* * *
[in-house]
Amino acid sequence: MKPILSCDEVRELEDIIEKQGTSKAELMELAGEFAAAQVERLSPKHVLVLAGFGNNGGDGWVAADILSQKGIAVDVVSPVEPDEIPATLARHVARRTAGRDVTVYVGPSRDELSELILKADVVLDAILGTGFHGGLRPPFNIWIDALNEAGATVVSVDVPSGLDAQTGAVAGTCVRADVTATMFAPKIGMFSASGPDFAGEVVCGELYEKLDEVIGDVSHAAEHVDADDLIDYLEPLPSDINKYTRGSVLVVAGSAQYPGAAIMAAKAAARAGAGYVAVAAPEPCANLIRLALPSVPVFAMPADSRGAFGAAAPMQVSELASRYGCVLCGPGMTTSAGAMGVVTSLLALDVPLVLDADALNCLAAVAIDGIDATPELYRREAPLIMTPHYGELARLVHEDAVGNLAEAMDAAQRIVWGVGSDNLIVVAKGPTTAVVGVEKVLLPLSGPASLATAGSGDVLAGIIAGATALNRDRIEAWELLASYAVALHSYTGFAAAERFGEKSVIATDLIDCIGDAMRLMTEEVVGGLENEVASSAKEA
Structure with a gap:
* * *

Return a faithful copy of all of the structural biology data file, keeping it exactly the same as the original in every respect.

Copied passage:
[in-house]
Amino acid sequence: MKPILSCDEVRELEDIIEKQGTSKAELMELAGEFAAAQVERLSPKHVLVLAGFGNNGGDGWVAADILSQKGIAVDVVSPVEPDEIPATLARHVARRTAGRDVTVYVGPSRDELSELILKADVVLDAILGTGFHGGLRPPFNIWIDALNEAGATVVSVDVPSGLDAQTGAVAGTCVRADVTATMFAPKIGMFSASGPDFAGEVVCGELYEKLDEVIGDVSHAAEHVDADDLIDYLEPLPSDINKYTRGSVLVVAGSAQYPGAAIMAAKAAARAGAGYVAVAAPEPCANLIRLALPSVPVFAMPADSRGAFGAAAPMQVSELASRYGCVLCGPGMTTSAGAMGVVTSLLALDVPLVLDADALNCLAAVAIDGIDATPELYRREAPLIMTPHYGELARLVHEDAVGNLAEAMDAAQRIVWGVGSDNLIVVAKGPTTAVVGVEKVLLPLSGPASLATAGSGDVLAGIIAGATALNRDRIEAWELLASYAVALHSYTGFAAAERFGEKSVIATDLIDCIGDAMRLMTEEVVGGLENEVASSAKEA
Structure with a gap: